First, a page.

Beate Andrees is Head of ILO’s Special Action Programme to Combat Forced Labour.
At the International Labour Conference in June this year, governments, workers and employers adopted a new Protocol against forced labour, supplemented by a Recommendation, which has been hailed around the world as a landmark treaty to protect human rights. The new instruments received overwhelming support from governments, workers and employers with 437 votes in favour, and only a handful of abstentions or votes against.
The Protocol builds on one of the oldest and widely ratified ILO conventions, the Forced Labour Convention (No. 29), which was passed in 1930. The initial aim of Convention 29 was to progressively abolish forced labour in colonial territories. As a result, it allowed for a transition period during which states could still make limited use of forced labour.
When my plane landed in Cuiabá, the Southern Gate to the Brazilian Amazon, the heat almost took my breath away. My first stop was a major construction site where a new stadium is being built for the 2014 World Cup. During the following hours I learned about a fascinating initiative to prevent modern forms of slavery.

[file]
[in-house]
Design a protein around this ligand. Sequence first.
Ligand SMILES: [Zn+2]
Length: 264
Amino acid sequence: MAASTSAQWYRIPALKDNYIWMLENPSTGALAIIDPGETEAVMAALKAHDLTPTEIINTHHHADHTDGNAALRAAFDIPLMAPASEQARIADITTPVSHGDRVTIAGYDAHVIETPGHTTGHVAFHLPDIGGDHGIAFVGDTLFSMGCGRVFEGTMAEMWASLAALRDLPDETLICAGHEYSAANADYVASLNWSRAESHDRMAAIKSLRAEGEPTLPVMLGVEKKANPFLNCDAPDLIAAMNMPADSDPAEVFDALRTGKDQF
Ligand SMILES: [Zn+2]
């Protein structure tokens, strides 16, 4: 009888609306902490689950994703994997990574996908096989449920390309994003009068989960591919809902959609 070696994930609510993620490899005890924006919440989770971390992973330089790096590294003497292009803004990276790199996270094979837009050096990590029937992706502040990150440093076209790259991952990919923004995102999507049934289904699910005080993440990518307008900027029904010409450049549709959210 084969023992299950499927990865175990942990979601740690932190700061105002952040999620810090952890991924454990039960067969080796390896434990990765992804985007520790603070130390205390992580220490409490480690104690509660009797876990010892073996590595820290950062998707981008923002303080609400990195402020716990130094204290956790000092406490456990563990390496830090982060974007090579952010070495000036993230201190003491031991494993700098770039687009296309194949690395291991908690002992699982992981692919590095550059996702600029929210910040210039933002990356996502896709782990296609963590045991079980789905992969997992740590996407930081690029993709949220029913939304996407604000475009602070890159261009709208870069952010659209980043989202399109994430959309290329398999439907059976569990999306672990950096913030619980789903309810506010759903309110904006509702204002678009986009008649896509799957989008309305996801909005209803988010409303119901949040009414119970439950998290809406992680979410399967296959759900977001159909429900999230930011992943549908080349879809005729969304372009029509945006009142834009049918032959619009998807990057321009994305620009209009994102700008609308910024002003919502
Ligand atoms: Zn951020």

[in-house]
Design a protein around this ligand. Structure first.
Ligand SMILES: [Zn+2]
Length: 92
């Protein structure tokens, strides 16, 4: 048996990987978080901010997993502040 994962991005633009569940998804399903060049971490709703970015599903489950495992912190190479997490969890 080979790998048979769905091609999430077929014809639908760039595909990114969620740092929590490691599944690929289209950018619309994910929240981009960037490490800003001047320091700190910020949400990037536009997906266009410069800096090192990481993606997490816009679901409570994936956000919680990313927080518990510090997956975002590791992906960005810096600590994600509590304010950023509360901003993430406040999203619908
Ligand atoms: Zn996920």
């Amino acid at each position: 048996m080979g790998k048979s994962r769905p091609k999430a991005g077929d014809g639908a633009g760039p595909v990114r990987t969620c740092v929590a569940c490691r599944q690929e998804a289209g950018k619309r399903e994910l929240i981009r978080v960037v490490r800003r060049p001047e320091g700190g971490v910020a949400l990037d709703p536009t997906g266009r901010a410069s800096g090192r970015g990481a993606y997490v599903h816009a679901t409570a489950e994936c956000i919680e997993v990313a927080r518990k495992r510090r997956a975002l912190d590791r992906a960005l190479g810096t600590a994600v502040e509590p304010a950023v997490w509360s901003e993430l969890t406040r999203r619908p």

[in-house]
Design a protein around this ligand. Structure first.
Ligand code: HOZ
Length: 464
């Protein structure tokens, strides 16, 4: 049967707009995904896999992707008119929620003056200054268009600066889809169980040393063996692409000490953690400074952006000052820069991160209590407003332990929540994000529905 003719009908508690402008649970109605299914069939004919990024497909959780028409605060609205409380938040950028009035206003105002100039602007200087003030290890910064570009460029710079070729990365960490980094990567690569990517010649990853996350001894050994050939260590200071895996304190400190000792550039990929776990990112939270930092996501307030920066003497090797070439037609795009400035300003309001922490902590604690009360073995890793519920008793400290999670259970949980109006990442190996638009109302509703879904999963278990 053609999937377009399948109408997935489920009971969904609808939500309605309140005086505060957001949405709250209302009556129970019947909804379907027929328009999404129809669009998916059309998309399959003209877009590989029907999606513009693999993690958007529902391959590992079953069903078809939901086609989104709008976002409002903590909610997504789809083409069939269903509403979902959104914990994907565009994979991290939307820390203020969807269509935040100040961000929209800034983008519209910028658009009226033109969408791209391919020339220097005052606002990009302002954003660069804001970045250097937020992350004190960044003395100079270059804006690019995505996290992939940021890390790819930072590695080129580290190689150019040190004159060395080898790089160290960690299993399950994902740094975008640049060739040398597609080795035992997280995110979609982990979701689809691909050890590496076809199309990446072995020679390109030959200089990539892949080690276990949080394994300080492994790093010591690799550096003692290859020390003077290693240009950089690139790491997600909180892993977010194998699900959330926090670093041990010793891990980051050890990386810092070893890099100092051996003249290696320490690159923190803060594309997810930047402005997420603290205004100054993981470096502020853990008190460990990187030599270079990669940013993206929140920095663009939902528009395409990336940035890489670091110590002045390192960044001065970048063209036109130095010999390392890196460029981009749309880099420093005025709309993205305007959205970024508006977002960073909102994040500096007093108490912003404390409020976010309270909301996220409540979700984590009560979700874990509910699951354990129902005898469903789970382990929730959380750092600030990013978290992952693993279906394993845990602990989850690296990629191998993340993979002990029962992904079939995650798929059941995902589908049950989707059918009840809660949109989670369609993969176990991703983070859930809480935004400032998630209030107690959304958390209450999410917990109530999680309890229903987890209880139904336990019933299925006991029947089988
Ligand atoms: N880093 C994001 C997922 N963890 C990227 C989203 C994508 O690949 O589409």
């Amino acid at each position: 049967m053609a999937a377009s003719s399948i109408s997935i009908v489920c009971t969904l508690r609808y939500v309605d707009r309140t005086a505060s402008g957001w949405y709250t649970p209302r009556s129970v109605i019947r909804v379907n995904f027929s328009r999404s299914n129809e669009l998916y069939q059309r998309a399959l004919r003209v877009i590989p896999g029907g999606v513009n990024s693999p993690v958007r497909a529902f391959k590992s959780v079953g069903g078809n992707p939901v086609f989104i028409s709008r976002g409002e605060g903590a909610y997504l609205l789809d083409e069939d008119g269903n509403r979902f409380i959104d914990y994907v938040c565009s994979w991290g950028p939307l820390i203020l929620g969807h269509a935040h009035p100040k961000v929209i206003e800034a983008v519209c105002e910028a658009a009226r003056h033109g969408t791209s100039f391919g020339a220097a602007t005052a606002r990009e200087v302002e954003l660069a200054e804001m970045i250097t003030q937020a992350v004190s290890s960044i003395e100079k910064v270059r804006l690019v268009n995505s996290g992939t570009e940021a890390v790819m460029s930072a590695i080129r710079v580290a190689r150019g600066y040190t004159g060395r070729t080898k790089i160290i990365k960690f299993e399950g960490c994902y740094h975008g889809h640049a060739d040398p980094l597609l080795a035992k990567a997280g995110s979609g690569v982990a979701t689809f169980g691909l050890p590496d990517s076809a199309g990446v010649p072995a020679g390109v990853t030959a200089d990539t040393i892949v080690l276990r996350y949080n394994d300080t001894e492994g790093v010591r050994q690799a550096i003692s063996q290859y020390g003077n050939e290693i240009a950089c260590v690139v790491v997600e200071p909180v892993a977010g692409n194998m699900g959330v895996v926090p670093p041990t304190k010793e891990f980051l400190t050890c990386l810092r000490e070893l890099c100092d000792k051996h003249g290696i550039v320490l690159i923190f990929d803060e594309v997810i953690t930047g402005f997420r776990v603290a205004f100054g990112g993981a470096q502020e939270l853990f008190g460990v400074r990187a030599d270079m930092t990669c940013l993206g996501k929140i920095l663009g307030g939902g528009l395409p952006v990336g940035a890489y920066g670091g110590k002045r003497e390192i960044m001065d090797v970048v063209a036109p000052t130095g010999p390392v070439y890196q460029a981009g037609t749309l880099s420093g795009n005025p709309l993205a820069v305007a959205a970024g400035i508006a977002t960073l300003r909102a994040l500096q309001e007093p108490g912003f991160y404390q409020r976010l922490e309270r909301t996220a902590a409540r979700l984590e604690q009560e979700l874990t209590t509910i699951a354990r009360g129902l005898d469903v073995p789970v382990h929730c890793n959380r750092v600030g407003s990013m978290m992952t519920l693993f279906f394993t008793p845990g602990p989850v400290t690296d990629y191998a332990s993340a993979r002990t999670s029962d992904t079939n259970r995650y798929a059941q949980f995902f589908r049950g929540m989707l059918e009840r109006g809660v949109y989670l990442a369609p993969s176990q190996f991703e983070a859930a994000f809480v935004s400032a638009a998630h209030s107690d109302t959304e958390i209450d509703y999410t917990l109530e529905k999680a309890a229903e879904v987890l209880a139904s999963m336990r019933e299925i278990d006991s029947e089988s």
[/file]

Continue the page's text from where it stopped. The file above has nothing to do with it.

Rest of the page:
The idea of the project is simple but effective: workers who have been rescued from what is called “slave labour” in Brazil, or who are at risk of falling prey to exploitative labour practices, are offered a six-month vocational training course. Once they’ve completed the course, most of them are hired by companies under decent conditions of employment. The company building the stadium for the World cup is one of them.
By Beate Andrees, Head of the ILO’s Special Action Programme to Combat Forced Labour
There are an estimated 21 million forced labour victims in the world today.
Beate Andrees, Head of the ILO’s Special Action Programme to Combat Forced Labour, shares her insights about modern day slavery and her experience working on the issue.
Join the ILO’s new campaign to End Slavery Now!
End Slavery Now!